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back to Book Reviews

Lake District Mountain Landscape
by Alastair Lee
ISBN: 9780711230873.
Published by Frances Lincoln

Lake District Mountain LandscapeAlastair Lee, now aged thirty-seven, started climbing when he was nineteen, at which point he developed a passion for mountaineering, and this has taken him to most parts of the world in the last decade. He has combined this with a love of photography and his mountain and climbing pictures have been widely acclaimed.

Alastair tends to start his climbs in the early hours of the morning since this enables him to capture the special beauty of mountains when photographed in early light. The results contained in this book are remarkable images of some familiar fells.

He photographs the scenes in all weathers and at all times of day and night and his photographs show that his determination is rewarded. He writes: ‘Once you have reached a certain height, taking good photographs is, in many ways, easy. But things happen up there that you’d never experience or even know about down in the valley. Light behaves differently up high; everything seems sharper, although this effect can be reversed if the cloud base is low. I love the ethereal quality of light immediately pre- and postsunrise in uplands, where it remains much brighter than in the valleys.’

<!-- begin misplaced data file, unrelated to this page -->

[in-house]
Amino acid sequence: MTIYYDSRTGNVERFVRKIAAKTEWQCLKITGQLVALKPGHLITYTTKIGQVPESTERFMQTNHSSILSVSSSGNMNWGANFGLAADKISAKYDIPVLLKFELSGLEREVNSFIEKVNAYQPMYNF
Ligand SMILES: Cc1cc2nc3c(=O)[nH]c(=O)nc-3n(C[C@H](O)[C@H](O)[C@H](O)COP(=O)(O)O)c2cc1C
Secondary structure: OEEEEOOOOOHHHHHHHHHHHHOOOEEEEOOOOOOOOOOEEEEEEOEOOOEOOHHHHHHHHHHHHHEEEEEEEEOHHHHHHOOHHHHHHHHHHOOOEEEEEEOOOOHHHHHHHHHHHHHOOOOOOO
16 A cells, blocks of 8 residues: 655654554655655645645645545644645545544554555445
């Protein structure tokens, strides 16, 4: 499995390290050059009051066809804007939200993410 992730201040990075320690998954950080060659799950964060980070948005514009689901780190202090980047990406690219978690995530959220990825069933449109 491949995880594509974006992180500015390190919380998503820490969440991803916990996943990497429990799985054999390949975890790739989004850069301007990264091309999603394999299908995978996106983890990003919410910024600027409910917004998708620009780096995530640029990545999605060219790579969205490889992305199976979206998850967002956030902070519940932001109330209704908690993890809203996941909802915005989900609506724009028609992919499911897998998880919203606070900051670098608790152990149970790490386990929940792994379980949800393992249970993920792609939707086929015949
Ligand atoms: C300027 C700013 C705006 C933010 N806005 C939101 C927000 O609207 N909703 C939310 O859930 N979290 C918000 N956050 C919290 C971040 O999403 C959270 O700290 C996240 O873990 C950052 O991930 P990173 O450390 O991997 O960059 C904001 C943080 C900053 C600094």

One chapter, entitled ‘Hidden Landscape’ and featuring ‘Scars, mines and mysteries’, explores the history and formation of the fells and is illustrated with photographs taken in places ranging from Cathedral Quarry in Little Langdale to the head of Buttermere.

In the next chapter, Alastair writes about ‘Mountain Craft’ and climbing in the Lake District. He joins Dave Birkett, one of the most accomplished rock climbers in the world, on some of his climbs, including Scafell and its East Buttress, described by Dave Birkett’s grandfather, Jim, a phenomenal climber in the 1930s and 1940s, as ‘the most fearsome crag in Britain’.

The chapter ‘Alpine Window’ includes photographs of the Lake District taken in winter conditions, showing how harsh yet beautiful the mountains can be at such times. In the chapter entitled ‘Photographic Notes’ Alastair describes in some detail his photographic techniques.

I said in my conclusion to Pendle that Alastair let the pictures do the talking and the high-quality photography in Lake District Mountain Landscape make this equally true of his latest book.

John Burland - Member No. 2



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